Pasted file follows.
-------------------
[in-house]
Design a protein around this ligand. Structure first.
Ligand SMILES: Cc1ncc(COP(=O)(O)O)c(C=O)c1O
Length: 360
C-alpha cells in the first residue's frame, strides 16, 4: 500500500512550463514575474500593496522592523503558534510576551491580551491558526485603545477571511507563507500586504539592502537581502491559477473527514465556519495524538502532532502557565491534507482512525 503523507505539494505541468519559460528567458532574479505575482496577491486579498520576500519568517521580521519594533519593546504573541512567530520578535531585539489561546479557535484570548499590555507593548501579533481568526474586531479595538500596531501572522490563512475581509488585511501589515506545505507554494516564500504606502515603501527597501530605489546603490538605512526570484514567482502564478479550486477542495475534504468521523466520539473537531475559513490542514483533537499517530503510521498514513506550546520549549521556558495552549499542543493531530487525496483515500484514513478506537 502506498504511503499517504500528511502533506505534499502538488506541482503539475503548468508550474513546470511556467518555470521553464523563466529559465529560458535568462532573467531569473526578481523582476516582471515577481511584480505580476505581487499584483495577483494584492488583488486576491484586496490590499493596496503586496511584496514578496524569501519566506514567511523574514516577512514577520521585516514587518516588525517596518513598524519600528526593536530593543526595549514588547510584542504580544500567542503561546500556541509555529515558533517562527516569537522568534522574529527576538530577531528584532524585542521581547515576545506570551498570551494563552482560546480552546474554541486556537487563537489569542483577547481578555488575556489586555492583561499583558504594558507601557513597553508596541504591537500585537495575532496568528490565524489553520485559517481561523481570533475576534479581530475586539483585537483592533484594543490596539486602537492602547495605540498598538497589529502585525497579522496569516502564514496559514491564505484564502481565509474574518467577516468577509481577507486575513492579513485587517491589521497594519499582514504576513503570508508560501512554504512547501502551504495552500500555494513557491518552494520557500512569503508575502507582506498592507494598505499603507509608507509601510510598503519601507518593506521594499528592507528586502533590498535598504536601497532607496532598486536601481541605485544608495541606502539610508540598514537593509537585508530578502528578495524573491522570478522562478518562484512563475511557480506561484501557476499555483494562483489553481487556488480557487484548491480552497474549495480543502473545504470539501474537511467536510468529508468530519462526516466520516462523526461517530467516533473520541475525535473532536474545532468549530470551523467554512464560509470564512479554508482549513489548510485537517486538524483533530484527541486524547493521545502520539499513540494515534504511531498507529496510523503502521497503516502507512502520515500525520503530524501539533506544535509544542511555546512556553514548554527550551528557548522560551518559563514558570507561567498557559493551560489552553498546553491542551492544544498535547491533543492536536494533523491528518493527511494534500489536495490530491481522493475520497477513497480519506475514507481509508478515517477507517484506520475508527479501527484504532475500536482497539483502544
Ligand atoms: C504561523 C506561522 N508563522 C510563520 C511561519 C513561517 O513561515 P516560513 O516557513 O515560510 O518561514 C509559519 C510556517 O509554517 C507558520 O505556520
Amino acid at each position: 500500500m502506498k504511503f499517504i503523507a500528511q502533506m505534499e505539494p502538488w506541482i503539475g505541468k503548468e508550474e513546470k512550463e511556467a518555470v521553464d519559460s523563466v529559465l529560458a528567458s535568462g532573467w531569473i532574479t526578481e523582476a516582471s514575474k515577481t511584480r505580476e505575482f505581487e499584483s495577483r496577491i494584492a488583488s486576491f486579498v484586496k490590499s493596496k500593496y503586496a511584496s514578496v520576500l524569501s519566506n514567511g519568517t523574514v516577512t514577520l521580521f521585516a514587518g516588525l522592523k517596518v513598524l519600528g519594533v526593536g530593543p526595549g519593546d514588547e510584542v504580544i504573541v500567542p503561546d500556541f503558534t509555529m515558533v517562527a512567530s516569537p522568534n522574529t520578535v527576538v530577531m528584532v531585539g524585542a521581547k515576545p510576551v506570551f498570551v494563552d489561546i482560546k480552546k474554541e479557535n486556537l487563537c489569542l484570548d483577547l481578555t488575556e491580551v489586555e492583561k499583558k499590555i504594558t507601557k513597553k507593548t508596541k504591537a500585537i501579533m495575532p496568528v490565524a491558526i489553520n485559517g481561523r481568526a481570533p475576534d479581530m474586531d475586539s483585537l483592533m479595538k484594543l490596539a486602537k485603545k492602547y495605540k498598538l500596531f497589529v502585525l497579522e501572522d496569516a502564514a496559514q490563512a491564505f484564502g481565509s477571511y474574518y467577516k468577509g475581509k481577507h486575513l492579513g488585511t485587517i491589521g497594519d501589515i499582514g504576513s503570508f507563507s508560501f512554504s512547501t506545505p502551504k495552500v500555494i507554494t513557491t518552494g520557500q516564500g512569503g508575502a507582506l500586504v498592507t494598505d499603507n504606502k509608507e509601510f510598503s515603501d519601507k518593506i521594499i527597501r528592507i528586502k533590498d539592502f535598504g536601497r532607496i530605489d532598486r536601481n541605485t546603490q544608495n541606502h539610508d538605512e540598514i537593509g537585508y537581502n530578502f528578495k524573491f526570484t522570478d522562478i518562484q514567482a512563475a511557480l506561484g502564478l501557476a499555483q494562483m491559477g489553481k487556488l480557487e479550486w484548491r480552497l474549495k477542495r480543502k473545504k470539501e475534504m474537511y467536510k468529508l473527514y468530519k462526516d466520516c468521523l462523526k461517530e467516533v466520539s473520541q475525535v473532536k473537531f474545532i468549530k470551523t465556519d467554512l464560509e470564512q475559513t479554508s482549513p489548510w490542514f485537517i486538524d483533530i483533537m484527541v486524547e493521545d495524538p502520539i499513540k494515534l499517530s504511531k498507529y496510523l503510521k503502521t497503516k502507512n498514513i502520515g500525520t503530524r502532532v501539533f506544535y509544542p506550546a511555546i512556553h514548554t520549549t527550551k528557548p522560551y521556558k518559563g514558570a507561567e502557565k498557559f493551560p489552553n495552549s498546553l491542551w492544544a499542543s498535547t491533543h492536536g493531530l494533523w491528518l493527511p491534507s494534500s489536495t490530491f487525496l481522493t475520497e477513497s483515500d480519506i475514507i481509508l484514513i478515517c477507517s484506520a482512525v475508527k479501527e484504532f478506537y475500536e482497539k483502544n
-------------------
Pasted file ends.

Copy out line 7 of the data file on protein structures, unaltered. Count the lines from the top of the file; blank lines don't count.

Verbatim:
Amino acid at each position: 500500500m502506498k504511503f499517504i503523507a500528511q502533506m505534499e505539494p502538488w506541482i503539475g505541468k503548468e508550474e513546470k512550463e511556467a518555470v521553464d519559460s523563466v529559465l529560458a528567458s535568462g532573467w531569473i532574479t526578481e523582476a516582471s514575474k515577481t511584480r505580476e505575482f505581487e499584483s495577483r496577491i494584492a488583488s486576491f486579498v484586496k490590499s493596496k500593496y503586496a511584496s514578496v520576500l524569501s519566506n514567511g519568517t523574514v516577512t514577520l521580521f521585516a514587518g516588525l522592523k517596518v513598524l519600528g519594533v526593536g530593543p526595549g519593546d514588547e510584542v504580544i504573541v500567542p503561546d500556541f503558534t509555529m515558533v517562527a512567530s516569537p522568534n522574529t520578535v527576538v530577531m528584532v531585539g524585542a521581547k515576545p510576551v506570551f498570551v494563552d489561546i482560546k480552546k474554541e479557535n486556537l487563537c489569542l484570548d483577547l481578555t488575556e491580551v489586555e492583561k499583558k499590555i504594558t507601557k513597553k507593548t508596541k504591537a500585537i501579533m495575532p496568528v490565524a491558526i489553520n485559517g481561523r481568526a481570533p475576534d479581530m474586531d475586539s483585537l483592533m479595538k484594543l490596539a486602537k485603545k492602547y495605540k498598538l500596531f497589529v502585525l497579522e501572522d496569516a502564514a496559514q490563512a491564505f484564502g481565509s477571511y474574518y467577516k468577509g475581509k481577507h486575513l492579513g488585511t485587517i491589521g497594519d501589515i499582514g504576513s503570508f507563507s508560501f512554504s512547501t506545505p502551504k495552500v500555494i507554494t513557491t518552494g520557500q516564500g512569503g508575502a507582506l500586504v498592507t494598505d499603507n504606502k509608507e509601510f510598503s515603501d519601507k518593506i521594499i527597501r528592507i528586502k533590498d539592502f535598504g536601497r532607496i530605489d532598486r536601481n541605485t546603490q544608495n541606502h539610508d538605512e540598514i537593509g537585508y537581502n530578502f528578495k524573491f526570484t522570478d522562478i518562484q514567482a512563475a511557480l506561484g502564478l501557476a499555483q494562483m491559477g489553481k487556488l480557487e479550486w484548491r480552497l474549495k477542495r480543502k473545504k470539501e475534504m474537511y467536510k468529508l473527514y468530519k462526516d466520516c468521523l462523526k461517530e467516533v466520539s473520541q475525535v473532536k473537531f474545532i468549530k470551523t465556519d467554512l464560509e470564512q475559513t479554508s482549513p489548510w490542514f485537517i486538524d483533530i483533537m484527541v486524547e493521545d495524538p502520539i499513540k494515534l499517530s504511531k498507529y496510523l503510521k503502521t497503516k502507512n498514513i502520515g500525520t503530524r502532532v501539533f506544535y509544542p506550546a511555546i512556553h514548554t520549549t527550551k528557548p522560551y521556558k518559563g514558570a507561567e502557565k498557559f493551560p489552553n495552549s498546553l491542551w492544544a499542543s498535547t491533543h492536536g493531530l494533523w491528518l493527511p491534507s494534500s489536495t490530491f487525496l481522493t475520497e477513497s483515500d480519506i475514507i481509508l484514513i478515517c477507517s484506520a482512525v475508527k479501527e484504532f478506537y475500536e482497539k483502544n